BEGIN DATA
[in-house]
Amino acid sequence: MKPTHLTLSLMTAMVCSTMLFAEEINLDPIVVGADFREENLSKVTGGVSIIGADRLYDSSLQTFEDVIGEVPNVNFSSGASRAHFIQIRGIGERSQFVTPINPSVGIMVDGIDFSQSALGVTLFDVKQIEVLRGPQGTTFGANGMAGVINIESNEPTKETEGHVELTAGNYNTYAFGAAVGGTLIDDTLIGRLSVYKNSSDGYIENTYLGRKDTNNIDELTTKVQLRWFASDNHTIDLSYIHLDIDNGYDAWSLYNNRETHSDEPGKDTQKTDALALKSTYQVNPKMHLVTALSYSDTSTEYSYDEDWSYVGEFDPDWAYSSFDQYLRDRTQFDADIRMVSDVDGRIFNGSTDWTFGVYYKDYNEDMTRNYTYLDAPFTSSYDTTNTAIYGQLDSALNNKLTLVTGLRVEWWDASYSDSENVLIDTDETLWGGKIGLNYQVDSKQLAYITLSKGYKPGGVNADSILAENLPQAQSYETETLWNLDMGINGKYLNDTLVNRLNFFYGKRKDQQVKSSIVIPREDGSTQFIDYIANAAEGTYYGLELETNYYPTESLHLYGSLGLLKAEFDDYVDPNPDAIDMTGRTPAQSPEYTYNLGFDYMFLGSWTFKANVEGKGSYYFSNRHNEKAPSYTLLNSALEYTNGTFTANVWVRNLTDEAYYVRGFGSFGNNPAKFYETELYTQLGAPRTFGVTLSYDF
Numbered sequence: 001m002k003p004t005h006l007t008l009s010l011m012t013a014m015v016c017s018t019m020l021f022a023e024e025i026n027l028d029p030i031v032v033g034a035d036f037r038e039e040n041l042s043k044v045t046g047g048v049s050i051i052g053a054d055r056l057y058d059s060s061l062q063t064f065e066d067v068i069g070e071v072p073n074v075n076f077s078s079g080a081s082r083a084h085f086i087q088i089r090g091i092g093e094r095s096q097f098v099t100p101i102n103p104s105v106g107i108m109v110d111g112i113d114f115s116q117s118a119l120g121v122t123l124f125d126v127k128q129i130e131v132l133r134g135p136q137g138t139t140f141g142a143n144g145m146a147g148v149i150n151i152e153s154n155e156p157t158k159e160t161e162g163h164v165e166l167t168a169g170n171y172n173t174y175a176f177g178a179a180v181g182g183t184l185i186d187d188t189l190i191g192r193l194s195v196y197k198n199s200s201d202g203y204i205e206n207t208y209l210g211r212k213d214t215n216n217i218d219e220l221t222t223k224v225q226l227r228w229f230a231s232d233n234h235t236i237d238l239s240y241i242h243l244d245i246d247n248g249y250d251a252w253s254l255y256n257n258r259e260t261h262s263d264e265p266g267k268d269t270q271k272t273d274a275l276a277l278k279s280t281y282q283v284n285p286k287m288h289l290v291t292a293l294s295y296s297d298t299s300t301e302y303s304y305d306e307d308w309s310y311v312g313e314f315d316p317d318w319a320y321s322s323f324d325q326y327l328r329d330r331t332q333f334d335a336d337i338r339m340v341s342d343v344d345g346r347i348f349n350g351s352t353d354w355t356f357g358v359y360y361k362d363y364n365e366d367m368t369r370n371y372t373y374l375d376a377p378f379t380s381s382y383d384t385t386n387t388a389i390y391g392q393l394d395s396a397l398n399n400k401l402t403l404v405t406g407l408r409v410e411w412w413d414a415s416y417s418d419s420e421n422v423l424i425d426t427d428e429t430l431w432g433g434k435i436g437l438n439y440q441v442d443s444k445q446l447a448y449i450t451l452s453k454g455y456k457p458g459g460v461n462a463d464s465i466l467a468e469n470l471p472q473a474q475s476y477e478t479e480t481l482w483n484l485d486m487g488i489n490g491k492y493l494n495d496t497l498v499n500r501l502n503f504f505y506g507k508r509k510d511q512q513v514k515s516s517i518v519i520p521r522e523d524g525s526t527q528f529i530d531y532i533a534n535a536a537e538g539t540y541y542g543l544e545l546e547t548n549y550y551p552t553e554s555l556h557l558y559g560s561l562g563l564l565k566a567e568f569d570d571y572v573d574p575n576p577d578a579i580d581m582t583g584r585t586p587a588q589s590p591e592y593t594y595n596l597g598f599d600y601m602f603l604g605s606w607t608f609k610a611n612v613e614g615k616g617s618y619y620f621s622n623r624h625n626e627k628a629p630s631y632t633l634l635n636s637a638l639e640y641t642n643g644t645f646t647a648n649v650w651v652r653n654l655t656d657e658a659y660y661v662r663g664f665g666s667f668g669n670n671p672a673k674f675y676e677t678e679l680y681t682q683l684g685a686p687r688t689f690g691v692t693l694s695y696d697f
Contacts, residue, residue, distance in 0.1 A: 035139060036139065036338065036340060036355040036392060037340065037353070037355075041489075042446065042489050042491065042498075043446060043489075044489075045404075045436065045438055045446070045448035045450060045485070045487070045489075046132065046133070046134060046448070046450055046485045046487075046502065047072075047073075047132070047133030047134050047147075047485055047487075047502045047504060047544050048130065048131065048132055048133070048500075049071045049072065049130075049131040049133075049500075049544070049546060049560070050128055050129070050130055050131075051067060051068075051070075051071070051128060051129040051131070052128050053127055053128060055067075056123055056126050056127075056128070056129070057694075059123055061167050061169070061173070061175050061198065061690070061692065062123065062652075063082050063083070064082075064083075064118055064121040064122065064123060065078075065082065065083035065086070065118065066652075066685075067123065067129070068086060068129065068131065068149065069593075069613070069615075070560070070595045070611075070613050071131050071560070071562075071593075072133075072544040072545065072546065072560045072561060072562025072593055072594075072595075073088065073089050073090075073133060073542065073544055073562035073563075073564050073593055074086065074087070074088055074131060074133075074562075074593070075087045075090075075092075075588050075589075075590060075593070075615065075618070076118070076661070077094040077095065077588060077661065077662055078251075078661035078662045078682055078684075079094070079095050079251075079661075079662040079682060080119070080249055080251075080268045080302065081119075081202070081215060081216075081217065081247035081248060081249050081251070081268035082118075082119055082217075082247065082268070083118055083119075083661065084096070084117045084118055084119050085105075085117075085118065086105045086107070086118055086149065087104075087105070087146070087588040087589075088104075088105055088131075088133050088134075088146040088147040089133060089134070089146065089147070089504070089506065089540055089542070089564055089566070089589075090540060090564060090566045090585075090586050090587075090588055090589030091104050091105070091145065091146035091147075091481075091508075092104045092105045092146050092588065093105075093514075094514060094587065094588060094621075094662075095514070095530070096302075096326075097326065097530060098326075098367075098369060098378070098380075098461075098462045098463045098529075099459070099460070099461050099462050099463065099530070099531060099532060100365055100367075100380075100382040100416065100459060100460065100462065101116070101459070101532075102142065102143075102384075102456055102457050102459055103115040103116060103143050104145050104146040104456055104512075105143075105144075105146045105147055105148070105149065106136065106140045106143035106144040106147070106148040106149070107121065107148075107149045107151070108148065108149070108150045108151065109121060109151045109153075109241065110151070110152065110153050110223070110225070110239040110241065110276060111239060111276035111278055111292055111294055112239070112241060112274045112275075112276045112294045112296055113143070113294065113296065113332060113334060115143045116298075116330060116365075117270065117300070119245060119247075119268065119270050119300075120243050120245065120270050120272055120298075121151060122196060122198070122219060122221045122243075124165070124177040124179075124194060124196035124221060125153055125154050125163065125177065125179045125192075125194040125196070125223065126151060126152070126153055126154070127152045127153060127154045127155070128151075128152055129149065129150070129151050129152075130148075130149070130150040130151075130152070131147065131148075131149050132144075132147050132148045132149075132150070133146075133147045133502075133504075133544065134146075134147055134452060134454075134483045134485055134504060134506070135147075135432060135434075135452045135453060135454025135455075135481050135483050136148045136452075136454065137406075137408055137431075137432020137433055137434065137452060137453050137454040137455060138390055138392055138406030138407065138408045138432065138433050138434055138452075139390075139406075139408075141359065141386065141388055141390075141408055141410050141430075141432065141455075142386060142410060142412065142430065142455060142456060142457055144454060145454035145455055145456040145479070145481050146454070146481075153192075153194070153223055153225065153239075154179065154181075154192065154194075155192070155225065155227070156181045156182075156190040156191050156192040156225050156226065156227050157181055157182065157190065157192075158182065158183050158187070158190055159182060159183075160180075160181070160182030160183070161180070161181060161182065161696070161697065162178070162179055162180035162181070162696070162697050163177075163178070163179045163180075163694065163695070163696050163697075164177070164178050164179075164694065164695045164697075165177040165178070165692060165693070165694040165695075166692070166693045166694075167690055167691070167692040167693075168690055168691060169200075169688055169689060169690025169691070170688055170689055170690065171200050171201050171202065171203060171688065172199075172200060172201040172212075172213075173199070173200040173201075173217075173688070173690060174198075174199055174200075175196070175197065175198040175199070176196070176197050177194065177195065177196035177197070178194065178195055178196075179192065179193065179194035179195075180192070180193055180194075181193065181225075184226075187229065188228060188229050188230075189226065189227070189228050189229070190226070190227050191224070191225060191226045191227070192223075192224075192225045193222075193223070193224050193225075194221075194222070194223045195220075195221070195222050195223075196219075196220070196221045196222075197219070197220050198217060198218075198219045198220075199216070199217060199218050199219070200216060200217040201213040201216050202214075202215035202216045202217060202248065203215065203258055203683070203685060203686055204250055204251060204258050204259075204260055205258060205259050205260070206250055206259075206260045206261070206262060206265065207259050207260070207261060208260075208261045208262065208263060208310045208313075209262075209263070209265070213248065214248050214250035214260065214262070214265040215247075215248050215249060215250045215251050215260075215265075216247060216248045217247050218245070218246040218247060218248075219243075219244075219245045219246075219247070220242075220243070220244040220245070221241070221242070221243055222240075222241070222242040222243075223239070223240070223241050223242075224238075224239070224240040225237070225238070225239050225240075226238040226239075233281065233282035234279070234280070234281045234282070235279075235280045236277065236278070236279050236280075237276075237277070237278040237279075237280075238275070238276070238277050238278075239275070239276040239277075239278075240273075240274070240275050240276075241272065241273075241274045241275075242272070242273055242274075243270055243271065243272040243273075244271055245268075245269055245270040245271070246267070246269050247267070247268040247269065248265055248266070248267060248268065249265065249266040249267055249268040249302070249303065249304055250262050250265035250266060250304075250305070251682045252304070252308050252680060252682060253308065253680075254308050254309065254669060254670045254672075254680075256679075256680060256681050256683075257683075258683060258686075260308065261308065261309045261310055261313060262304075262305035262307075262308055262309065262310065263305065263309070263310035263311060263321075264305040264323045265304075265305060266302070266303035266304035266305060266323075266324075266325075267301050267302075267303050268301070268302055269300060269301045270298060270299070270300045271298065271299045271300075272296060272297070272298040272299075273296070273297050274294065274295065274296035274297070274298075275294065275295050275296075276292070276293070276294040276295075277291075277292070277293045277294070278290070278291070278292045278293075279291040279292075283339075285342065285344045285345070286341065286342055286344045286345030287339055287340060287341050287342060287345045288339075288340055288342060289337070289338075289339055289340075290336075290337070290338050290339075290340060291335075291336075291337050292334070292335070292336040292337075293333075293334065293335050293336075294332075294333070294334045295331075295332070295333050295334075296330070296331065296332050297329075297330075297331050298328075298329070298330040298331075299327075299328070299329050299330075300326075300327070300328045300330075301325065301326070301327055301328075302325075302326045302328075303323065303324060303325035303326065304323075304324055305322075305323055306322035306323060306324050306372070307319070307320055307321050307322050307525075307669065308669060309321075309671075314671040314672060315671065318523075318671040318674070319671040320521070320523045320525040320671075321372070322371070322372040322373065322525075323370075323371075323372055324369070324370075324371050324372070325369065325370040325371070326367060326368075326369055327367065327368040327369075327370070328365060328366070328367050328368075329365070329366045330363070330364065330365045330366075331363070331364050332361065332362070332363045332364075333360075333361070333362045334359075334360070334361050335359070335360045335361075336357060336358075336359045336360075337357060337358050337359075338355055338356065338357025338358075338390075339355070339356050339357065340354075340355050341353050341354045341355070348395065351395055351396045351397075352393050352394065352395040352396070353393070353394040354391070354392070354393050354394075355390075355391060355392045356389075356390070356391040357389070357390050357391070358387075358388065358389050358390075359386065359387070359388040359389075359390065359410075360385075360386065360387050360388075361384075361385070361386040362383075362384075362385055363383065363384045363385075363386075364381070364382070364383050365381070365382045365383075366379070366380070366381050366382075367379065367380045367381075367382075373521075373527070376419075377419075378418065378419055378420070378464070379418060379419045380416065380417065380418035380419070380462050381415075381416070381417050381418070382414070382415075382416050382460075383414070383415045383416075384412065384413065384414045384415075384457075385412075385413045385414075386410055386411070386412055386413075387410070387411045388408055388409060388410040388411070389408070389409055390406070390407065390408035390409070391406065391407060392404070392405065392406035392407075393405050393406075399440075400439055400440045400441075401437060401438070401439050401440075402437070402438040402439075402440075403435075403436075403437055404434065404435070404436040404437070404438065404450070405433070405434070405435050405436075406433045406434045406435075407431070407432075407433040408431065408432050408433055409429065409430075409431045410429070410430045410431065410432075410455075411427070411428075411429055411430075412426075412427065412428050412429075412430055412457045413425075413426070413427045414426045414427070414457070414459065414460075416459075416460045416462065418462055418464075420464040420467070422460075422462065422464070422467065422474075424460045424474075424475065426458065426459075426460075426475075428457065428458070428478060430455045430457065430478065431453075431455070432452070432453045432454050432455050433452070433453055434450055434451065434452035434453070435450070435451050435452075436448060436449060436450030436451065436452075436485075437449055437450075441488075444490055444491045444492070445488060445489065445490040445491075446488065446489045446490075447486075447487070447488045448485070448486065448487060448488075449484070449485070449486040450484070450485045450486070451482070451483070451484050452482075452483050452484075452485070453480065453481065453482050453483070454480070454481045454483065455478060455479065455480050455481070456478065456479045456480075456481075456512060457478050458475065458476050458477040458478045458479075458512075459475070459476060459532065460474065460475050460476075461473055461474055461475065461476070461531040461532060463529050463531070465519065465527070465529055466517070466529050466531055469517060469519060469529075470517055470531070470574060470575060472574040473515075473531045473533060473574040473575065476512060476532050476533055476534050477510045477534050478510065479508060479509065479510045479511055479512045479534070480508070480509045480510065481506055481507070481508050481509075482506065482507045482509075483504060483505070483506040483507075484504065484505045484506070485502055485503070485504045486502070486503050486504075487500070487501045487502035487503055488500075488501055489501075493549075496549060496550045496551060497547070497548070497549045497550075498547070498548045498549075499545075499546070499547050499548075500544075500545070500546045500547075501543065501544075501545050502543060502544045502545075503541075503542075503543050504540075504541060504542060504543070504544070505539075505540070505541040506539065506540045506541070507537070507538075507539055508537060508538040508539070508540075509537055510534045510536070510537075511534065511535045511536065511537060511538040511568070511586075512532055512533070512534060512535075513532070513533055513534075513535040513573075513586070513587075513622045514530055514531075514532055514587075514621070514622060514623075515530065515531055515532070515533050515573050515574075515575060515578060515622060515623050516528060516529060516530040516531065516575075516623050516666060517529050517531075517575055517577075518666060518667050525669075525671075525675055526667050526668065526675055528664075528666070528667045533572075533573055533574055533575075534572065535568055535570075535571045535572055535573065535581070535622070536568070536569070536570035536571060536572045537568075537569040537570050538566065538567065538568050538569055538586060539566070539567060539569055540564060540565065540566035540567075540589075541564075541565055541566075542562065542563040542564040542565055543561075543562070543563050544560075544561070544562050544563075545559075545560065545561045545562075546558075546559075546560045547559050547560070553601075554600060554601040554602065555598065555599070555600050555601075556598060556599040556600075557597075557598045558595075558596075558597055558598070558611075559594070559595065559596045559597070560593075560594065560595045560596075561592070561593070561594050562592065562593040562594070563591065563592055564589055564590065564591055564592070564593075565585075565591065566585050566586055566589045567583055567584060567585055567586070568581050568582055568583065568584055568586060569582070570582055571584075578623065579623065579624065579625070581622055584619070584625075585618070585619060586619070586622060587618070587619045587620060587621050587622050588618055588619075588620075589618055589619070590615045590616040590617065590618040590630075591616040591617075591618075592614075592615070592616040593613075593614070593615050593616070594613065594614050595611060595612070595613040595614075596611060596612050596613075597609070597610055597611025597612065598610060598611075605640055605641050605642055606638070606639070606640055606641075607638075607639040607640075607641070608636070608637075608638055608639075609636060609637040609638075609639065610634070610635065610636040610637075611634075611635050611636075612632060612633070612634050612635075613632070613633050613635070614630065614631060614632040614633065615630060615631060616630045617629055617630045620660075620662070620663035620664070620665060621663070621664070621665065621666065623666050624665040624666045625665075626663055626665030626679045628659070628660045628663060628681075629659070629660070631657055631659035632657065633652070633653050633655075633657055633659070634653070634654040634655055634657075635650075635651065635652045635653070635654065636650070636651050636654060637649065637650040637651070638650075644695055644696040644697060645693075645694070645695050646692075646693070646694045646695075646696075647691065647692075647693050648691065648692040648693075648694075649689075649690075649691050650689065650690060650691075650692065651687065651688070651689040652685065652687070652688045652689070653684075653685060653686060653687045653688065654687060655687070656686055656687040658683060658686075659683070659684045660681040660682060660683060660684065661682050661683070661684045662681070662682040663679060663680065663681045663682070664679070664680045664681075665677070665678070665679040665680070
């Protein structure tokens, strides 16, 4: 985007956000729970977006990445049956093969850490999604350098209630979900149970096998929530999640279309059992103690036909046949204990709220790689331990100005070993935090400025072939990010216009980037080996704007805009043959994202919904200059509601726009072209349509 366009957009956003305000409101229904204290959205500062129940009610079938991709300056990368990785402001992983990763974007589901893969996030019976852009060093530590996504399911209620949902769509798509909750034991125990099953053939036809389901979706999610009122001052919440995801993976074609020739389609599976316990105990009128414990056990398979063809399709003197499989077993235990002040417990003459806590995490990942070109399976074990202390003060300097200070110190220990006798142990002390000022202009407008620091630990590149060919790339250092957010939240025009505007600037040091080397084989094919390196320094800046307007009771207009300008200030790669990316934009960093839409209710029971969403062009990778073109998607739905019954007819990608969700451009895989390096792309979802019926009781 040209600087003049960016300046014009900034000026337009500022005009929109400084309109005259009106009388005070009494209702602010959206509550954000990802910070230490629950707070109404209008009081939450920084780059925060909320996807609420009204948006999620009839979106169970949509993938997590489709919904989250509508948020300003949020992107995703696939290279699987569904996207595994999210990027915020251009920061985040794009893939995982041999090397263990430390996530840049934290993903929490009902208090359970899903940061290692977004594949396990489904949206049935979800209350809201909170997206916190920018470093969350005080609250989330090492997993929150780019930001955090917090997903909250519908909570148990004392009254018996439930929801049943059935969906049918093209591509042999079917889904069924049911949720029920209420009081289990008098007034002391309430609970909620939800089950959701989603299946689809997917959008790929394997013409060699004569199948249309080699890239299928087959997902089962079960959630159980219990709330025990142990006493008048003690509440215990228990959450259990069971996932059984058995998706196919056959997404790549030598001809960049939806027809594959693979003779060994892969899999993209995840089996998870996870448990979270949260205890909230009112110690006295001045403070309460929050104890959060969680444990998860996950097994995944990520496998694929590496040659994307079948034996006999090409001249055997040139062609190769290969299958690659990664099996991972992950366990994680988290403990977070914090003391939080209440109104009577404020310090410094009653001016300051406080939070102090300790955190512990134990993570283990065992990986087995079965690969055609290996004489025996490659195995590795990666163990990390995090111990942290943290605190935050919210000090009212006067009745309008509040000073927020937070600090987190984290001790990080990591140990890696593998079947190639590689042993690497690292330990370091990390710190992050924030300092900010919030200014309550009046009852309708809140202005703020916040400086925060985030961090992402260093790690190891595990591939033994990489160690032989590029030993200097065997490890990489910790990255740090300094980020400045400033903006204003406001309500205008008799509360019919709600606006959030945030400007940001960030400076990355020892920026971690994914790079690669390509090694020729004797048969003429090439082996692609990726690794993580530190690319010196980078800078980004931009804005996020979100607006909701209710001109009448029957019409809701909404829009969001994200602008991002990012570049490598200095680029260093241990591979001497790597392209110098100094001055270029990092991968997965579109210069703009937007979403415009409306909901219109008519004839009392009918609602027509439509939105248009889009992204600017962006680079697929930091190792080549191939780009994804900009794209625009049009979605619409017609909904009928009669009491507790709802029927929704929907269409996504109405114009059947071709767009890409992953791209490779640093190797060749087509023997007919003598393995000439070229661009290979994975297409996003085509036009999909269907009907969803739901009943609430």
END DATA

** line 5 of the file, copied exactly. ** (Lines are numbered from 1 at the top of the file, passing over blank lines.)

């Protein structure tokens, strides 16, 4: 985007956000729970977006990445049956093969850490999604350098209630979900149970096998929530999640279309059992103690036909046949204990709220790689331990100005070993935090400025072939990010216009980037080996704007805009043959994202919904200059509601726009072209349509 366009957009956003305000409101229904204290959205500062129940009610079938991709300056990368990785402001992983990763974007589901893969996030019976852009060093530590996504399911209620949902769509798509909750034991125990099953053939036809389901979706999610009122001052919440995801993976074609020739389609599976316990105990009128414990056990398979063809399709003197499989077993235990002040417990003459806590995490990942070109399976074990202390003060300097200070110190220990006798142990002390000022202009407008620091630990590149060919790339250092957010939240025009505007600037040091080397084989094919390196320094800046307007009771207009300008200030790669990316934009960093839409209710029971969403062009990778073109998607739905019954007819990608969700451009895989390096792309979802019926009781 040209600087003049960016300046014009900034000026337009500022005009929109400084309109005259009106009388005070009494209702602010959206509550954000990802910070230490629950707070109404209008009081939450920084780059925060909320996807609420009204948006999620009839979106169970949509993938997590489709919904989250509508948020300003949020992107995703696939290279699987569904996207595994999210990027915020251009920061985040794009893939995982041999090397263990430390996530840049934290993903929490009902208090359970899903940061290692977004594949396990489904949206049935979800209350809201909170997206916190920018470093969350005080609250989330090492997993929150780019930001955090917090997903909250519908909570148990004392009254018996439930929801049943059935969906049918093209591509042999079917889904069924049911949720029920209420009081289990008098007034002391309430609970909620939800089950959701989603299946689809997917959008790929394997013409060699004569199948249309080699890239299928087959997902089962079960959630159980219990709330025990142990006493008048003690509440215990228990959450259990069971996932059984058995998706196919056959997404790549030598001809960049939806027809594959693979003779060994892969899999993209995840089996998870996870448990979270949260205890909230009112110690006295001045403070309460929050104890959060969680444990998860996950097994995944990520496998694929590496040659994307079948034996006999090409001249055997040139062609190769290969299958690659990664099996991972992950366990994680988290403990977070914090003391939080209440109104009577404020310090410094009653001016300051406080939070102090300790955190512990134990993570283990065992990986087995079965690969055609290996004489025996490659195995590795990666163990990390995090111990942290943290605190935050919210000090009212006067009745309008509040000073927020937070600090987190984290001790990080990591140990890696593998079947190639590689042993690497690292330990370091990390710190992050924030300092900010919030200014309550009046009852309708809140202005703020916040400086925060985030961090992402260093790690190891595990591939033994990489160690032989590029030993200097065997490890990489910790990255740090300094980020400045400033903006204003406001309500205008008799509360019919709600606006959030945030400007940001960030400076990355020892920026971690994914790079690669390509090694020729004797048969003429090439082996692609990726690794993580530190690319010196980078800078980004931009804005996020979100607006909701209710001109009448029957019409809701909404829009969001994200602008991002990012570049490598200095680029260093241990591979001497790597392209110098100094001055270029990092991968997965579109210069703009937007979403415009409306909901219109008519004839009392009918609602027509439509939105248009889009992204600017962006680079697929930091190792080549191939780009994804900009794209625009049009979605619409017609909904009928009669009491507790709802029927929704929907269409996504109405114009059947071709767009890409992953791209490779640093190797060749087509023997007919003598393995000439070229661009290979994975297409996003085509036009999909269907009907969803739901009943609430």